That's the number of federal employees throughout the country that are paid more than the governors in their respective states. And if you think they are all high-level workers, think again. According to the Washington Times, the list includes computer operators, more than 5,000 air traffic controllers, 22 librarians, one interior designer.
From the Times:
The findings, from a Congressional Research Service report requested by Sen. Tom Coburn, Oklahoma Republican, were released at a time when public workers’ salaries and benefits are under scrutiny across the country as governments try to streamline.
CRS reviewed 2009 salary figures, the most recent available, and found 77,057 employees who earned more in annual pay than their respective governors. Of those workers, 18,351 were doctors — the highest percentage. The second-highest total was for 5,170 air traffic controllers — likely both front-line controllers and their supervisors.
In Maryland, 7,283 federal employees — about 7 percent of all full-time federal employees in the state — earned more than Gov. Martin O'Malley’s $150,000 salary. Maryland was topped by Colorado, which in 2009 had 10,875 employees who made more than the $90,000 salary of the governor, Bill Ritter.
“Across America, governors are being asked to do more with less, often at lower pay than federal employees in their states. The pay gap between governors and federal employees should prompt Congress to take a closer look at federal salaries,” Coburn told the Times. “With our debt and deficits spiraling out of control, now is the time to ask agencies — not just governors — to do more with less.”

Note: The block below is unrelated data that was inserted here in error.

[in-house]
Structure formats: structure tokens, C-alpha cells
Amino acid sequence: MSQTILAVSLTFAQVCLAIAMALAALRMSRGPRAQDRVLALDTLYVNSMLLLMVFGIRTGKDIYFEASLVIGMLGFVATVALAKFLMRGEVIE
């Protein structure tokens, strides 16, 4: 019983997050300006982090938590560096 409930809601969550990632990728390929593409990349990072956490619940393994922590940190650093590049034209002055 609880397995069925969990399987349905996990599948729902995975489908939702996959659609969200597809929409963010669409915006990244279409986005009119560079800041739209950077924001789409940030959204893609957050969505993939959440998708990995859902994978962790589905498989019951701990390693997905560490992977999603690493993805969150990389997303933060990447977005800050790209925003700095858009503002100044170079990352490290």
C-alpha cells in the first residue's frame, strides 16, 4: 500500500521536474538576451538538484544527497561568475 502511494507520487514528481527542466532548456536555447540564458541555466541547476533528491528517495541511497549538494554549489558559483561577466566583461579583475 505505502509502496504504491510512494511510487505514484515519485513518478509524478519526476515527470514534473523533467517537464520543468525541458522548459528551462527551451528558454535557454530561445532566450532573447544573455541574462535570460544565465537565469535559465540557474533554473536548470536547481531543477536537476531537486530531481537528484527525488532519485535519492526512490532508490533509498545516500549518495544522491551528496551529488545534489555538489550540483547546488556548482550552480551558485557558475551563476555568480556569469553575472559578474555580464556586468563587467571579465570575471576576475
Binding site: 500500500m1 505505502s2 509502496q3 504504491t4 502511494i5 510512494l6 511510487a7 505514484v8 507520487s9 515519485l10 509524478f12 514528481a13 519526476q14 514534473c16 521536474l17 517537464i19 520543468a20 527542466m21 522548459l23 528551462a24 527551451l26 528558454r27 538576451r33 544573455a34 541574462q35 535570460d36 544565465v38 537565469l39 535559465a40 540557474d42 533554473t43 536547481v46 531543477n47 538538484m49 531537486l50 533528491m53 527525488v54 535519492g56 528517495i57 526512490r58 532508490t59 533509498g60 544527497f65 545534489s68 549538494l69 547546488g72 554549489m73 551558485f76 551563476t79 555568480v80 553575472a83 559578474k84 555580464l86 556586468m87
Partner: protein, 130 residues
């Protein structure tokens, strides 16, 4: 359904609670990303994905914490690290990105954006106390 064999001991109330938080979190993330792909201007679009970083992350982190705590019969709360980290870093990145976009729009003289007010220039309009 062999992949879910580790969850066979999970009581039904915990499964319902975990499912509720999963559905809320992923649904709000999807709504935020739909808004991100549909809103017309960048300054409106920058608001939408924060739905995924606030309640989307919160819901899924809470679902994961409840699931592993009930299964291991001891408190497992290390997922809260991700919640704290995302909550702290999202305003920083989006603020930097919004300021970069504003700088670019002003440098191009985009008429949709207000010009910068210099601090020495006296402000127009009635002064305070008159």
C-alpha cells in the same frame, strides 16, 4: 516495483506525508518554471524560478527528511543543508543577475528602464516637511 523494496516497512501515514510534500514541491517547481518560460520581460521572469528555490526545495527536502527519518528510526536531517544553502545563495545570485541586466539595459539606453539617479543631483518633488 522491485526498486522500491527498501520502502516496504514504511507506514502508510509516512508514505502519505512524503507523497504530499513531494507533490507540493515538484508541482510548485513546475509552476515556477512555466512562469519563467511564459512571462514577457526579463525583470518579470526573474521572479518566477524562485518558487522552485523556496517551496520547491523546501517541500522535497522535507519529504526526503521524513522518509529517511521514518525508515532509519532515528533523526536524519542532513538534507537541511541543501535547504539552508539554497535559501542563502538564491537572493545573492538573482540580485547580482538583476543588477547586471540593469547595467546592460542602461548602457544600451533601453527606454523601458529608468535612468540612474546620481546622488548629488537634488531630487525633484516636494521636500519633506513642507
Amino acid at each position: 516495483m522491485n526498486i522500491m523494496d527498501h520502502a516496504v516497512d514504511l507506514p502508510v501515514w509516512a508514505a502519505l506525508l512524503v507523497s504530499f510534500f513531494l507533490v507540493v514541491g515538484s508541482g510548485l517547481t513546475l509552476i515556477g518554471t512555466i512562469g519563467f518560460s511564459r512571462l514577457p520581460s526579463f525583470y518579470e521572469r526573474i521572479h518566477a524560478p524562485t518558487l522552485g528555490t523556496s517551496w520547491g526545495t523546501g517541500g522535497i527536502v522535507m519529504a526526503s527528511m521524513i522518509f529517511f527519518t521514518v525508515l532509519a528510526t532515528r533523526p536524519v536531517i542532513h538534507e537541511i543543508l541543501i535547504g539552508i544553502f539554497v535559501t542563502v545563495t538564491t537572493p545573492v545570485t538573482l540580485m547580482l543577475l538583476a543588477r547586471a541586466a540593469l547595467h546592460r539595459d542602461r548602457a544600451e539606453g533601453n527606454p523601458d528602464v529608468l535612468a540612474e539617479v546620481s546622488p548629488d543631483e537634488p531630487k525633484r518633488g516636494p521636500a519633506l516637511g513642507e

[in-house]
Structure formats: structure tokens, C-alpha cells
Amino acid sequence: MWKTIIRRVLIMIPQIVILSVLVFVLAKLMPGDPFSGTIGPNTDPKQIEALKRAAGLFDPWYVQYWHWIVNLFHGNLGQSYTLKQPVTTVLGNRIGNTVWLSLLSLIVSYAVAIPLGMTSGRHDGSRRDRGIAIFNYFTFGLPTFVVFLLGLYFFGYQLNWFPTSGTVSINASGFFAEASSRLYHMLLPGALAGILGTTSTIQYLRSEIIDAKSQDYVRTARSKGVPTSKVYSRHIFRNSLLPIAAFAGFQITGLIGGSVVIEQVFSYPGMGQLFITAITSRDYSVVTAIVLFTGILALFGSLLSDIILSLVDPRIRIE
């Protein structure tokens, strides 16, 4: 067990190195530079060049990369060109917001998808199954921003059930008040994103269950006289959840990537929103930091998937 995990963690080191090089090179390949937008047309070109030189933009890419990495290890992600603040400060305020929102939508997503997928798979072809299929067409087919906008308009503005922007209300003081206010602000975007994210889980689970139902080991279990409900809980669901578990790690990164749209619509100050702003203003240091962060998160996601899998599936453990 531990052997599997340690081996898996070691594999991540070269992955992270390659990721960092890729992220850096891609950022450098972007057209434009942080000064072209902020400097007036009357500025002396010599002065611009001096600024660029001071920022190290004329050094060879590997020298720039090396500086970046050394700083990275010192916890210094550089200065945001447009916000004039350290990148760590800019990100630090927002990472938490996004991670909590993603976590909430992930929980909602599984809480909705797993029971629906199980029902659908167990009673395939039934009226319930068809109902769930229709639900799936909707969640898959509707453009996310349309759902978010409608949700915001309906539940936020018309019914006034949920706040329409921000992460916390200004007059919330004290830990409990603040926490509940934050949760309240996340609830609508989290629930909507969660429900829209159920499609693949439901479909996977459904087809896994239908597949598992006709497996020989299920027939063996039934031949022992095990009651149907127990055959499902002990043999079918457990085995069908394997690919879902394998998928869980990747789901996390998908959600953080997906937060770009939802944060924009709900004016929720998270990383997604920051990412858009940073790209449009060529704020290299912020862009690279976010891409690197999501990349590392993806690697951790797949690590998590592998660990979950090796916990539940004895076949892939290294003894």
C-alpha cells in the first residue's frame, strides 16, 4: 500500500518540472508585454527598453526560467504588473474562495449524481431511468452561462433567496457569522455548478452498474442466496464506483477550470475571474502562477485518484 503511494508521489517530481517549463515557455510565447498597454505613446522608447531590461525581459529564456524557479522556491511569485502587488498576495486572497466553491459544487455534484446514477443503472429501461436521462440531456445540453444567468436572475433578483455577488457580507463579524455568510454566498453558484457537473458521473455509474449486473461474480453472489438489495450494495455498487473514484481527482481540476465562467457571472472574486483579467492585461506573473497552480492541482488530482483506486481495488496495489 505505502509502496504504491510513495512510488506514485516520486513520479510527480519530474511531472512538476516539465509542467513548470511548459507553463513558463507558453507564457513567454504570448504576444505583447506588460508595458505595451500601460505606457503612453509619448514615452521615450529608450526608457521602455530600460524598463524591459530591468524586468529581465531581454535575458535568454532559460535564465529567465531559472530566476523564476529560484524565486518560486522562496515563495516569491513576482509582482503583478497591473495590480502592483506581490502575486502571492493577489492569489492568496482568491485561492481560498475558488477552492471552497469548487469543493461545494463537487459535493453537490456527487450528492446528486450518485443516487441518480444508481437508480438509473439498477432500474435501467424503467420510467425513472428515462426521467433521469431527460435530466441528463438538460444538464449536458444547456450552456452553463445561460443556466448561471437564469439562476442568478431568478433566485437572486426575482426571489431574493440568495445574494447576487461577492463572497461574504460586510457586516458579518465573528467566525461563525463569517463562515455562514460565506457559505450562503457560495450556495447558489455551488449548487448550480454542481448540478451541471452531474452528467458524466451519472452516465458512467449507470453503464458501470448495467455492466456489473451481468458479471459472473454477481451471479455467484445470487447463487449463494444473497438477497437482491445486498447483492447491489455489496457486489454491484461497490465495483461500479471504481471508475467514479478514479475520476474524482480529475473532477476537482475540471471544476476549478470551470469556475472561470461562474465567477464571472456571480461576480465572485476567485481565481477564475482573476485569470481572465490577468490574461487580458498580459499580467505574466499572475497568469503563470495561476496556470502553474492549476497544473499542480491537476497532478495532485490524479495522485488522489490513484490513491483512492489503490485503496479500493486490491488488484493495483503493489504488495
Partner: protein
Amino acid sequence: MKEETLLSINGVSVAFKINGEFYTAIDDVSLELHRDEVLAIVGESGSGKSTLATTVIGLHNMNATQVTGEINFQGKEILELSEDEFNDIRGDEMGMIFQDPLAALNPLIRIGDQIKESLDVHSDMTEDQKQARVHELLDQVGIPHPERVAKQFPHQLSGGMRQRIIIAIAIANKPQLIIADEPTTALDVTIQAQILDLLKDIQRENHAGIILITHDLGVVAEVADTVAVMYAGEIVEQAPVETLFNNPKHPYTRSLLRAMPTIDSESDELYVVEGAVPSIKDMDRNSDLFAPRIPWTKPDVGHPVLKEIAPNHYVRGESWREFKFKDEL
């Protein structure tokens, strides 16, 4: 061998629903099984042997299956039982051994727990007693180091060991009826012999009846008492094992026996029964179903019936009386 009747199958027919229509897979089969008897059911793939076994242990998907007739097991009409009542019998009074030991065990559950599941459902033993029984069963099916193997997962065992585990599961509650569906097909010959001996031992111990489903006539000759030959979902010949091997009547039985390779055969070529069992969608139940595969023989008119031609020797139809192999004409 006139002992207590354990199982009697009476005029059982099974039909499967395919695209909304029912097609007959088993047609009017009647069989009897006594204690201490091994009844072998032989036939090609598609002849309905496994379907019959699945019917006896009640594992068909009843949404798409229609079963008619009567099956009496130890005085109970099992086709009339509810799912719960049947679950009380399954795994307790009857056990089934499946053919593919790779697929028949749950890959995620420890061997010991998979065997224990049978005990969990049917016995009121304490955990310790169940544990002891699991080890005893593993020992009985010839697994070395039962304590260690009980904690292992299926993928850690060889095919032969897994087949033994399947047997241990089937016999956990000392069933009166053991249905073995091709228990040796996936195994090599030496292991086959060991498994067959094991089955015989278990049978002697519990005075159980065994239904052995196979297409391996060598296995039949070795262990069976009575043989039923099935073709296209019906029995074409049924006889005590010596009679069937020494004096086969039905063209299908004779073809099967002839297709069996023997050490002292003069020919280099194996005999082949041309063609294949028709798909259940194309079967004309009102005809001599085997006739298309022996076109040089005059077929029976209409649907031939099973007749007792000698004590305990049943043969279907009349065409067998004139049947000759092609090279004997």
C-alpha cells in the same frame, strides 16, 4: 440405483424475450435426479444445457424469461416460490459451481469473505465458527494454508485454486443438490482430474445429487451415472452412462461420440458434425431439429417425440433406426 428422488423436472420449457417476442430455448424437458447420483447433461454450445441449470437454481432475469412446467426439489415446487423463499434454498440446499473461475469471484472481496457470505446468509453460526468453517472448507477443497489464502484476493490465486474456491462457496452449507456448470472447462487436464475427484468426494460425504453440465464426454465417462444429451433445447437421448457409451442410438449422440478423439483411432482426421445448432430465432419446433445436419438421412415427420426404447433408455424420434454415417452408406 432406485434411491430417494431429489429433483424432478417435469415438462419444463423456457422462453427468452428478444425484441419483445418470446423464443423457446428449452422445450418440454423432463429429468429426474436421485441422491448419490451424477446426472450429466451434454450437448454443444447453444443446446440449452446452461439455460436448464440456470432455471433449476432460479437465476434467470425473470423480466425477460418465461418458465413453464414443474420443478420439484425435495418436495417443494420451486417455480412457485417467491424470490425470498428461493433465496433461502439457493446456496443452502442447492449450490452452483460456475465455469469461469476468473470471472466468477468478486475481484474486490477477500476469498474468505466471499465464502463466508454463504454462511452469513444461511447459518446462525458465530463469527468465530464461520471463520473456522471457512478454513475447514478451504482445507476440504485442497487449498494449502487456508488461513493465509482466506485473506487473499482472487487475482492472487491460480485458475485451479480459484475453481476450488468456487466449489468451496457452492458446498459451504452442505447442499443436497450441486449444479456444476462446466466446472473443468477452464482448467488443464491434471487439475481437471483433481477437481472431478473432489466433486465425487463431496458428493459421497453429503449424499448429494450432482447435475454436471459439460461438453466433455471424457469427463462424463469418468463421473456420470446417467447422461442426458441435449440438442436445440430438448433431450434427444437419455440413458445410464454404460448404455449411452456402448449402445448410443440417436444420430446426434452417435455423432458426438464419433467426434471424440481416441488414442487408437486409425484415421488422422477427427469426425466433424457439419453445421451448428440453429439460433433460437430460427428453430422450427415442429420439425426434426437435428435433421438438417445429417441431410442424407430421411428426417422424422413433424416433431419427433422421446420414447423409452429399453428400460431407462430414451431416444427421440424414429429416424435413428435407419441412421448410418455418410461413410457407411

When contacted by the Times, the government's largest union-- the American Federation of Government Employees -- blamed the high numbers on contractors. Still, though, the numbers point to a larger problem, especially considering the make up of those receiving the salaries:
CRS said nationwide there were 122 park rangers, 271 environmental protection specialists, 14 chaplains and one prison guard who earned more than their governors. There were also 21 archaeologists, three sociologists, 48 social workers, four food service workers and five civil rights analysts who made more than their governors.
Air traffic controllers, who were the second-biggest group to get salaries higher than their governors, also generally have high salaries. That category likely includes both front-line controllers and their supervisors. The Bureau of Labor Statistics said the median salary for an air traffic controller in May 2008 was $111,870, while the top 10 percent earned $161,010 or more a year.
Read the full story from the Times.